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Linux Top 3: Debian Gives Up on Upstart, Ubuntu and Linux Kernel Updates

  • February 10, 2014
  • By Sean Michael Kerner

1) Debian Chooses Systemd

Choosing an init system for a Linux distribution can be a disruptive process. For the Debian GNU/Linux distribution, rather than arbitrary pick one, developers voted on what they want.

As is the case with nearly all modern Linux distros excluding Ubuntu, Debian's upcoming Jesse release will use Systemd as the default init system.

While the debate over the default init system in Debian is now likely over, it's important to remember that the current Debian Wheezy release is still very much a going concern. This past week Debian 7.4 was released.

"The Debian project is pleased to announce the fourth update of its stable distribution Debian 7 (codename "wheezy")," The Debian project stated. "This update mainly adds corrections for security problems to the stable release, along with a few adjustments for serious problems. Security advisories were already published separately and are referenced where available."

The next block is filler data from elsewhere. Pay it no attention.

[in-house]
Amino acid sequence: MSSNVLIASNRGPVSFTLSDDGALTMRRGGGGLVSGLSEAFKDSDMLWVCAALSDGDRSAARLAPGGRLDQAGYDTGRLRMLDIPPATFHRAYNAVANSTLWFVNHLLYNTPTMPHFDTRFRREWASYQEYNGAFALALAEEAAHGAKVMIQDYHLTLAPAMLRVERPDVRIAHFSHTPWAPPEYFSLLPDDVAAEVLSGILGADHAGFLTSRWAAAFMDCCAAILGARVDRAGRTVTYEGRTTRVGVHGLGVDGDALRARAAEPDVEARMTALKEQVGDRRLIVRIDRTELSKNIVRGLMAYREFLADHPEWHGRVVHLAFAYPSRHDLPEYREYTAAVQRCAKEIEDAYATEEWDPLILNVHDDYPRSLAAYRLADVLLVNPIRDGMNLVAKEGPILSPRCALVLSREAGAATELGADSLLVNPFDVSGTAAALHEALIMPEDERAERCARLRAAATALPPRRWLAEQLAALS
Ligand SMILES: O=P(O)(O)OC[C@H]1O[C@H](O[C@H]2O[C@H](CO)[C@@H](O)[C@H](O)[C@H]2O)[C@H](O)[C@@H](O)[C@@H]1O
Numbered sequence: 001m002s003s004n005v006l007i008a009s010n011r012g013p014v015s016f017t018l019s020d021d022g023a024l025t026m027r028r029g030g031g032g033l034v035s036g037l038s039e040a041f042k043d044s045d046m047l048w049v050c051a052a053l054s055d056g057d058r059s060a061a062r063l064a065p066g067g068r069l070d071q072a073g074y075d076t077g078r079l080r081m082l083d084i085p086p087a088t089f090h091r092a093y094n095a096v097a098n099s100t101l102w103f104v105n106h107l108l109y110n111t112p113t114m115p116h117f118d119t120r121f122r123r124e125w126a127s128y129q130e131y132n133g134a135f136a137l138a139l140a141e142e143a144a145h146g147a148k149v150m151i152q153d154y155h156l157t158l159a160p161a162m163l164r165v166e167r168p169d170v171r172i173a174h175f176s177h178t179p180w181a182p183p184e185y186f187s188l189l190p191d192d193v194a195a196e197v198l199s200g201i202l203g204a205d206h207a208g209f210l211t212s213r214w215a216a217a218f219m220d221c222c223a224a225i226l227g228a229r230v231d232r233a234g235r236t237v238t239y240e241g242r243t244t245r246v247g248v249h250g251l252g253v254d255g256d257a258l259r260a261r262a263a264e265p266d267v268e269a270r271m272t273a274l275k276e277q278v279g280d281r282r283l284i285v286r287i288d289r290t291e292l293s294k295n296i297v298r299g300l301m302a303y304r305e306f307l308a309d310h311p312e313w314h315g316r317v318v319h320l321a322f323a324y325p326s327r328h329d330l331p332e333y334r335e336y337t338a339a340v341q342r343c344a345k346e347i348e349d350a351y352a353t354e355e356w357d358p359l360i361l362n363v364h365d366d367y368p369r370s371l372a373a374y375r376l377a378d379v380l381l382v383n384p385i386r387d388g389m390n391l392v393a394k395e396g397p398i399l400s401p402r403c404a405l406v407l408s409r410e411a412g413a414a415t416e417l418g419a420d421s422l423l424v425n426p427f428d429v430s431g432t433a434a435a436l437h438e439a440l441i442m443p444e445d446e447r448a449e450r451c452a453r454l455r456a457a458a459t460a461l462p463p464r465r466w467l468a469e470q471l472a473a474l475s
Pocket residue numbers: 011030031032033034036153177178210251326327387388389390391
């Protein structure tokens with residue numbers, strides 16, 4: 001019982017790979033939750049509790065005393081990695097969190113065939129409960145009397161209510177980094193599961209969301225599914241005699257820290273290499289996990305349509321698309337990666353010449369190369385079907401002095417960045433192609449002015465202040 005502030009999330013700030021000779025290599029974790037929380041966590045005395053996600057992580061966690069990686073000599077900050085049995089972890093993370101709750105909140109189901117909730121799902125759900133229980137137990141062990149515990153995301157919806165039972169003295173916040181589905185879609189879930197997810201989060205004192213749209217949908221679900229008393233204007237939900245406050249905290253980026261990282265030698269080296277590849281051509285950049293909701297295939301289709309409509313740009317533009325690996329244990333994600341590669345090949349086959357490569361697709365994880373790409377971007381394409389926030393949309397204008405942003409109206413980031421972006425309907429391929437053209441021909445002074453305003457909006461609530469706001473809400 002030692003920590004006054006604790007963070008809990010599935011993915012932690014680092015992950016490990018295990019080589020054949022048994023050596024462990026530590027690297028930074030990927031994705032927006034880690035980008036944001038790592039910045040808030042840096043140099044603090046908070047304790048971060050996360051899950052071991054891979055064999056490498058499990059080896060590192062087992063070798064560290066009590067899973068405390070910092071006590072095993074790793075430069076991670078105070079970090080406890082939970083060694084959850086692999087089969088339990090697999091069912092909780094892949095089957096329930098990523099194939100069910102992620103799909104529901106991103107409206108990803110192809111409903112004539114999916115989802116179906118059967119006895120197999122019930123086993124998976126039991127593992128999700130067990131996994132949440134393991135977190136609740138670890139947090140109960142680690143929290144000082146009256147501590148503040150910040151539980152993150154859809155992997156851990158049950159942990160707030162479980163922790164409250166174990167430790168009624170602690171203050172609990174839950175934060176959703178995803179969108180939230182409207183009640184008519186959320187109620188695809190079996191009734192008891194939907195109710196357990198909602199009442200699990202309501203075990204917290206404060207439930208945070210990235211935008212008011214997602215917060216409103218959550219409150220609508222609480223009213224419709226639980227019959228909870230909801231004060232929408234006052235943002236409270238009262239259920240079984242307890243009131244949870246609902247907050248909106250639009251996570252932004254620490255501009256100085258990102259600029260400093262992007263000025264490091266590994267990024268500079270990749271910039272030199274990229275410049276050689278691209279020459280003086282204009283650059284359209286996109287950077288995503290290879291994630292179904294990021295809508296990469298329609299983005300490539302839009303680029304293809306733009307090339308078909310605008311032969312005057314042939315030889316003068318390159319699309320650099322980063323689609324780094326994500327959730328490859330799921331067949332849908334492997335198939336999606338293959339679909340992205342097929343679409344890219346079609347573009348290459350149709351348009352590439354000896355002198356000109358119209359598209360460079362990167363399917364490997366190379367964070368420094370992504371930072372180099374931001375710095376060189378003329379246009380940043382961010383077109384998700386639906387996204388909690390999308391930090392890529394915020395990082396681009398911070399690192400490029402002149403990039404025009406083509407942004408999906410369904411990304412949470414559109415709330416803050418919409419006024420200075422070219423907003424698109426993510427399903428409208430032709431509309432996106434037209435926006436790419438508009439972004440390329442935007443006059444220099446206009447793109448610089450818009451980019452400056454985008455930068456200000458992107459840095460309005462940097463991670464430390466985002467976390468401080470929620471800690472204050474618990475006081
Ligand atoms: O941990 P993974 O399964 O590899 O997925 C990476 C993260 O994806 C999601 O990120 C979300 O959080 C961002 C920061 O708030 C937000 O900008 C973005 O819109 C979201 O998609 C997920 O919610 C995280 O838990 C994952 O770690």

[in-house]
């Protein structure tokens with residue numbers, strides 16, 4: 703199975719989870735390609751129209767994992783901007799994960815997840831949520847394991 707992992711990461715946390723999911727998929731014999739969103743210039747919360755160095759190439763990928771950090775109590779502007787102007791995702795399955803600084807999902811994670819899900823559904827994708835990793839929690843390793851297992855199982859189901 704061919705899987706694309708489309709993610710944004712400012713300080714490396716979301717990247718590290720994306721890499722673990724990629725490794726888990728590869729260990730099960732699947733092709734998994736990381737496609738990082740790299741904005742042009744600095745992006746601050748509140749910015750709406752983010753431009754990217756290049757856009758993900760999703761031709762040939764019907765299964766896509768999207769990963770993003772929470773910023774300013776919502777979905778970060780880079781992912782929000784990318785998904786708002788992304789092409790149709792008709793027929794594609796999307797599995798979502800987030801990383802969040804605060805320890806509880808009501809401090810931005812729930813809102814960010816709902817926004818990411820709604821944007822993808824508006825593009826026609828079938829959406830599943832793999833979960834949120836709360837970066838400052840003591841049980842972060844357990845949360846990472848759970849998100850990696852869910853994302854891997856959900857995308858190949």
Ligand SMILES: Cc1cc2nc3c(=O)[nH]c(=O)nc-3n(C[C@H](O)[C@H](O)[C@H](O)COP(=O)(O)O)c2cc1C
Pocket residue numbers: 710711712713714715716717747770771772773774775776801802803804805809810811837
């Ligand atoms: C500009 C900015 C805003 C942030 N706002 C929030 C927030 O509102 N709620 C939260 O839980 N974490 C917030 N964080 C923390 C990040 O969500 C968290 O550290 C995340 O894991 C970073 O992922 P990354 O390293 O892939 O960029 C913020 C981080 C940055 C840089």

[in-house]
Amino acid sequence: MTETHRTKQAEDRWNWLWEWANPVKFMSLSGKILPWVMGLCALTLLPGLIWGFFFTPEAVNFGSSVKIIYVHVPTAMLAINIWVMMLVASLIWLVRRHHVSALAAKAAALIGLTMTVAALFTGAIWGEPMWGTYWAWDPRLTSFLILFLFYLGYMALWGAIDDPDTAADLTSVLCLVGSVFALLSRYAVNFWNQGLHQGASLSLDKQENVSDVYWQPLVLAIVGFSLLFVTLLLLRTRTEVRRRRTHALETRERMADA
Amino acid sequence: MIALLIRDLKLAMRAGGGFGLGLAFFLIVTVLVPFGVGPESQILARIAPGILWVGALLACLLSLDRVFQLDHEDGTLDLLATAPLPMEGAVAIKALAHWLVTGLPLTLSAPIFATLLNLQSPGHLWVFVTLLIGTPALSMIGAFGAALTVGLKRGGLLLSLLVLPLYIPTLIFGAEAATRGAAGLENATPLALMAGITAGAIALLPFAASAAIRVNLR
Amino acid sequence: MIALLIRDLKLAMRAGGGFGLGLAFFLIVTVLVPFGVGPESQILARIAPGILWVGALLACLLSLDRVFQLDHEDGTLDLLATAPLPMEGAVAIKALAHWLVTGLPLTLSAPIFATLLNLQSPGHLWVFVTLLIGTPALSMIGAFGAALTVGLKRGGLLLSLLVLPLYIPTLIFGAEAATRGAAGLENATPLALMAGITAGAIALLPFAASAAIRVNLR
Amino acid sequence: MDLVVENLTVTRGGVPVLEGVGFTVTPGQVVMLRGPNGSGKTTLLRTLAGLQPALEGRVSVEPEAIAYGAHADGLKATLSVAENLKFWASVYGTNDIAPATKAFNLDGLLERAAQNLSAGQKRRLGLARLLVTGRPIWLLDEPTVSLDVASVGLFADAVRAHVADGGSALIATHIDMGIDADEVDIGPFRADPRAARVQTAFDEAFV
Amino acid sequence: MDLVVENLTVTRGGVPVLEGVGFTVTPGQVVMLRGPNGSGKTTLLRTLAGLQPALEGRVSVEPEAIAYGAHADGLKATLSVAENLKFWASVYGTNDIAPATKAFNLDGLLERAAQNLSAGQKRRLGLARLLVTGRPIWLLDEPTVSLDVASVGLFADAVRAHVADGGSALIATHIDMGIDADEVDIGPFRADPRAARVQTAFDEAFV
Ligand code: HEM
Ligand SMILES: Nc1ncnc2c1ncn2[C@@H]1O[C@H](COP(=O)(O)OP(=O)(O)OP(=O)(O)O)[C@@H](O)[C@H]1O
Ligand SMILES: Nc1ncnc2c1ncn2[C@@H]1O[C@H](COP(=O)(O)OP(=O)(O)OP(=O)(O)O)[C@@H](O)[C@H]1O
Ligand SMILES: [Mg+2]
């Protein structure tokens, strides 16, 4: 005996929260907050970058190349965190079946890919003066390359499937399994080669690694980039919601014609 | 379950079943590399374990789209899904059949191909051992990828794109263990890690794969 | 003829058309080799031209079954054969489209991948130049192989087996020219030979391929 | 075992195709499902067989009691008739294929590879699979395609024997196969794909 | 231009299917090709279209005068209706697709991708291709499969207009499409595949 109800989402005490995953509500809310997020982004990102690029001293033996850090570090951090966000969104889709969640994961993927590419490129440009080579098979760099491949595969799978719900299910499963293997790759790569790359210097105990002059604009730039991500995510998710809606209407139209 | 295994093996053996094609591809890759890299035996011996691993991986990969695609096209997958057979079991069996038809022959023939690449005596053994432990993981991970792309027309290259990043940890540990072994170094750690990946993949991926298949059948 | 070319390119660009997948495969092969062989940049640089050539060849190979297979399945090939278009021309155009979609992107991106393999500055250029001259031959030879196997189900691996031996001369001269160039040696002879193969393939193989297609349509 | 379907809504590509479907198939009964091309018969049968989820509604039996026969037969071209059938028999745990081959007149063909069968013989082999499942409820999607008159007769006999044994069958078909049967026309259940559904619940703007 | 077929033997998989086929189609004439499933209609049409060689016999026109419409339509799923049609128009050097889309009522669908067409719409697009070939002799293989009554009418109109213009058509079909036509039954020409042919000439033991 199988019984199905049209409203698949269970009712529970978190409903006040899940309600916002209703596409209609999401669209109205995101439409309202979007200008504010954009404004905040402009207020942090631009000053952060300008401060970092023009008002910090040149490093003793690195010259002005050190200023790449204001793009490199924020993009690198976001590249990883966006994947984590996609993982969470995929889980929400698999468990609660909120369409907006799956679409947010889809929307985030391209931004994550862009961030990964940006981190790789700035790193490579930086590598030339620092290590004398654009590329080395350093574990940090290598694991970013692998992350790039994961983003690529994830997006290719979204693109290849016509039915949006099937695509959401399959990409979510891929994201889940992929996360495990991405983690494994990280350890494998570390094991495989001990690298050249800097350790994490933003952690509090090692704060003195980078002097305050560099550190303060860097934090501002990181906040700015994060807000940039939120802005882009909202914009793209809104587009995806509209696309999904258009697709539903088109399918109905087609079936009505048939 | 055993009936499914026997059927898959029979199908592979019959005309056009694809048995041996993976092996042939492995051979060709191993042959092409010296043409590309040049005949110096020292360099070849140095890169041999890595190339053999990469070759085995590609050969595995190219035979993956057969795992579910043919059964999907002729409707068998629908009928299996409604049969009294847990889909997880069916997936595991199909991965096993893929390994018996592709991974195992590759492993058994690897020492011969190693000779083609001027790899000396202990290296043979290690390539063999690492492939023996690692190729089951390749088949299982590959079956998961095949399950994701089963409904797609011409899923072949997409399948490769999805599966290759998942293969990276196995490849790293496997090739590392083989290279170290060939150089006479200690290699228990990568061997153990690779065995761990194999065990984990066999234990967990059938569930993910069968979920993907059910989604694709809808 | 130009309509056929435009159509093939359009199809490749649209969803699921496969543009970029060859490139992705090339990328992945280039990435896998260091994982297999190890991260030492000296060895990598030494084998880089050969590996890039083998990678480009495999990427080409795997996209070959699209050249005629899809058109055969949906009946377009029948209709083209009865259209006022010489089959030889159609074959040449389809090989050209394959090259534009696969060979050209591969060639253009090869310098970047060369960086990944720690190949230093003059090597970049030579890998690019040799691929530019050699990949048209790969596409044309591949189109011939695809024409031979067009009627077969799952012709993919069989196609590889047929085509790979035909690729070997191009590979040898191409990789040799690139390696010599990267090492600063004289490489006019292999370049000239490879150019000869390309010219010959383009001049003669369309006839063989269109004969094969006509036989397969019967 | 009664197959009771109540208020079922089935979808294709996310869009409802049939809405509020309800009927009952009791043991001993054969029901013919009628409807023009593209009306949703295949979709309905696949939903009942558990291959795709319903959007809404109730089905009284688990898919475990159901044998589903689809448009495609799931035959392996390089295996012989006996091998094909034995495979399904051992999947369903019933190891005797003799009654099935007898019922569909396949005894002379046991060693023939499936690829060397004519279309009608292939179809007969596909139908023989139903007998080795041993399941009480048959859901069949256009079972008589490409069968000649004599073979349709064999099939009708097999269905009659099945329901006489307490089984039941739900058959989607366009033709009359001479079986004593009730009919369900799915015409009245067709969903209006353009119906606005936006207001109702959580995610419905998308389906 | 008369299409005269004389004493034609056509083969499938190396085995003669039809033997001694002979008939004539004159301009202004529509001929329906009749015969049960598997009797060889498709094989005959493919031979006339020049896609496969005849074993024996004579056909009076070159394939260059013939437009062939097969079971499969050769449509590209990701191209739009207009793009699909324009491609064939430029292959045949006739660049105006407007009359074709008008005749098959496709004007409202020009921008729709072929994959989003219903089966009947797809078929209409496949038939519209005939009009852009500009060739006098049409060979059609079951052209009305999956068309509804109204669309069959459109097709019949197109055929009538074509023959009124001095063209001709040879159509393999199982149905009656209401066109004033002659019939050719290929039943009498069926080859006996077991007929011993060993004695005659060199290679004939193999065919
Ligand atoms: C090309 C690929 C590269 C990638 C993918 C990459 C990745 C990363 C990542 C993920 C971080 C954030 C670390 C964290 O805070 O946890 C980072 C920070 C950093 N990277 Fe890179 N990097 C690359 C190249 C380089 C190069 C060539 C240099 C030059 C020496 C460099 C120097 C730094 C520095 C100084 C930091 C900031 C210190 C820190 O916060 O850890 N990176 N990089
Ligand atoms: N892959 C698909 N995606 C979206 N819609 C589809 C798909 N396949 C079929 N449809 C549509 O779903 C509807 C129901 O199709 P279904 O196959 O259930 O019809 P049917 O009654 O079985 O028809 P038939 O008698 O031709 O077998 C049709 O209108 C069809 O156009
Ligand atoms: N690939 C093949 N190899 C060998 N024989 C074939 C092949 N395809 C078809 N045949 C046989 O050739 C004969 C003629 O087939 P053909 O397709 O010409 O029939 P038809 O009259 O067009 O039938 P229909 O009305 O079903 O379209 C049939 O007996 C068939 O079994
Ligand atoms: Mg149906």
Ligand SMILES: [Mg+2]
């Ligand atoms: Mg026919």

2) Ubuntu Updates

Ubuntu which is still somewhat based on Debian (though the gap widens with each passing year) also issued a maintenance update this past week.

The Ubuntu 12.04.4 update is the fourth to Long Term Support (LTS) release.

"As with 12.04.3, 12.04.4 contains an updated kernel and X stack for new installations on x86 architectures," Ubuntu developer, Colin Watson wrote in a mailing list message. " As usual, this point release includes many updates, and updated installation media has been provided so that fewer updates will need to be downloaded after installation. These include security updates and corrections for other high-impact bugs, with a focus on maintaining stability and compatibility with Ubuntu 12.04 LTS."

3) Linux Kernel Advances

Linux kernel development always continues at a relentless pace. This past week, kernel developer Greg Kroah-Hartman released the Linux 3.13.2.

On the leading edge of development, Linus Torvalds announced the Linux 3.14 rc2.

"What little there was looks normal: roughly two thirds drivers (gpu, block, media, misc), with almost half the remaining patches being architecture updates (x86, s390 and arm64)," Torvalds wrote in a mailing list message. "With the rest being filesystems (vfs, nfs, ocfs, btrfs and some kernfs fixes), some mm noise, and tooling (perf)."

Sean Michael Kerner is a senior editor at Linux Planet and InternetNews.com. Follow him on Twitter @TechJournalist

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